The Brazilian Minister of Foreign Relations, Celso Amorim, said that the bilateral safeguard mechanism established in an agreement signed between the Argentinean and Brazilian governments will be applied "with moderation.
In an interview with reporters, Amorim affirmed that the agreement is secondary to the two countries’ interest in strengthening their economies and continuing to export to each other.
"In any trade negotiation of this type, whether in the context of the World Trade Organization or the Mercosur, there is no black and white. Gray areas exist, and it is often the case that it is only because of these gray areas that an agreement is possible. We are certain that it is in our mutual interest for these gray areas be employed in good faith," Amorim responded, when asked about the consequences of the agreement for Brazil.
The Minister assured that, as is stipulated in the agreement, joint decision-making will always prevail over unilateral decision-making, and consultation mechanisms will be used to the fullest extent in implementing the decisions.
Argentina had been demanding the safeguard mechanism for some time, claiming the need for this kind of instrument to protect its industries against the "invasion" of Brazilian products.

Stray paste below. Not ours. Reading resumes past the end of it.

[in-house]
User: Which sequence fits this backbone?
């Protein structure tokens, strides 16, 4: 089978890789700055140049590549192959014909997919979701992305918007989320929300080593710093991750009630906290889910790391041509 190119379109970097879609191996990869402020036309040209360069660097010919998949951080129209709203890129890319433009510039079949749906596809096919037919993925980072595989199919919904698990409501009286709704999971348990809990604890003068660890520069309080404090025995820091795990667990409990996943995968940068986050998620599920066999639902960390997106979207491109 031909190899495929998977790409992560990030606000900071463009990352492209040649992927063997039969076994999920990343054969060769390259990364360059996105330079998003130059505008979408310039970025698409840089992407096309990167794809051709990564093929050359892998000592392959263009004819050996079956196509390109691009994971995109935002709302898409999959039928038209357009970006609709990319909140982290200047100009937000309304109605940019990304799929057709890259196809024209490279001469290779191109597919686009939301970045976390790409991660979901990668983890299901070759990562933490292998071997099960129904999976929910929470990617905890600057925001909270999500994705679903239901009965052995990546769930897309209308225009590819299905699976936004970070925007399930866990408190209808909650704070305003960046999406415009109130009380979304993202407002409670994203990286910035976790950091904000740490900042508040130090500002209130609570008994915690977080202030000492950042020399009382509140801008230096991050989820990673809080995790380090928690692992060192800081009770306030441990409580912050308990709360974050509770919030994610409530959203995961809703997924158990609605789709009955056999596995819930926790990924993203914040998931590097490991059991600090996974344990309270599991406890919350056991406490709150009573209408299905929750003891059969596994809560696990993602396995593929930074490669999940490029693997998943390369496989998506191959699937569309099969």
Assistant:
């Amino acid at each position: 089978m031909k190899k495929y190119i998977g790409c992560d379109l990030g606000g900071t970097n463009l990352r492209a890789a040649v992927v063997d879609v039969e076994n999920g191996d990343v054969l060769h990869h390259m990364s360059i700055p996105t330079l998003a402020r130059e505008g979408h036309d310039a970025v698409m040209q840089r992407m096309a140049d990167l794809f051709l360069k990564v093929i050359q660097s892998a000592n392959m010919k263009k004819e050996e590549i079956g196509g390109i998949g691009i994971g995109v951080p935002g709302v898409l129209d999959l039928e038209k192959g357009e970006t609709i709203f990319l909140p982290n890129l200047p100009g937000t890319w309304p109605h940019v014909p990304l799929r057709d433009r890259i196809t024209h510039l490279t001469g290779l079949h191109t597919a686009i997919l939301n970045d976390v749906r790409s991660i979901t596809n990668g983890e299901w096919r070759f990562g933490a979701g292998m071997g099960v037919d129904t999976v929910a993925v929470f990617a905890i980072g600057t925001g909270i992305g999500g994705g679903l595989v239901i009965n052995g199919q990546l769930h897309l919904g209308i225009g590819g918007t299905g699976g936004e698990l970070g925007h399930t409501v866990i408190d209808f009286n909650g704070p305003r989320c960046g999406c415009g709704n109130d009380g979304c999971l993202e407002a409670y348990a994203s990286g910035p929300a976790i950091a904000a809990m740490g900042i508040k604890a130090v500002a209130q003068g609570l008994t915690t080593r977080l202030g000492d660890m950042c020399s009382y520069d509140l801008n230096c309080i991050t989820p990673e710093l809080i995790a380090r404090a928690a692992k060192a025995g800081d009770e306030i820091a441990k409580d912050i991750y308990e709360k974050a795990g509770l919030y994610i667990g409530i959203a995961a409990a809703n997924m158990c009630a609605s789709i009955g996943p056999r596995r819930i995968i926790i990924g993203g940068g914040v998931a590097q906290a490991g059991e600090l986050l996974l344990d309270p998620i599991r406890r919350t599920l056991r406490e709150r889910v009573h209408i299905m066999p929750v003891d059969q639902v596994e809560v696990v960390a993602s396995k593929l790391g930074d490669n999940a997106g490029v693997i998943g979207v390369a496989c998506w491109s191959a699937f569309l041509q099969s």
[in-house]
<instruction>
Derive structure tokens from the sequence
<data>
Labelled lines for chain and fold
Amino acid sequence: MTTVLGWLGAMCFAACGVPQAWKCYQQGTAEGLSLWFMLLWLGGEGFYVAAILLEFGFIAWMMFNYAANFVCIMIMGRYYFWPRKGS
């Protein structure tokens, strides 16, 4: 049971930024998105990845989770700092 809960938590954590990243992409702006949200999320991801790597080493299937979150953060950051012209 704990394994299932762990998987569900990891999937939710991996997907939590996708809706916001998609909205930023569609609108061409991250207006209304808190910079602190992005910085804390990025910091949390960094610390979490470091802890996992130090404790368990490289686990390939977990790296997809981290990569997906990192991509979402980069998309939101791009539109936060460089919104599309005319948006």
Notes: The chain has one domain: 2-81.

Amorim declared that the agreement was also "a good thing" for Brazil. "There was considerable anxiety on the part of the Argentineans and uncertainty on our side concerning the adoption of certain measures.
"Now we have a framework that gives us reasonable predictability and allows us to maintain the conviction that we will continue to grow in a balanced fashion," he said, this time in response to criticisms expressed by Brazilian entrepreneurs.
When asked whether the safeguard mechanism might be extended to the other Mercosur members (Uruguay and Paraguay), the minister did not rule out this possibility.
"For an agreement of this type to be extended, there must be an interest on the part of the other Mercosur countries. This hypothesis is not excluded, but neither is it necessarily foreseen."
The Uruguayan foreign minister, Reinaldo Gargano, who also participated in the collective interview, commented that his country is not "upset" over the agreement.
"The agreement was important for both Brazil and Argentina, to resolve a problem of trade asymmetries. I only hope that Brazil, as well as Argentina, has the same willingness to resolve the asymmetries with the other Mercosur countries," he affirmed.
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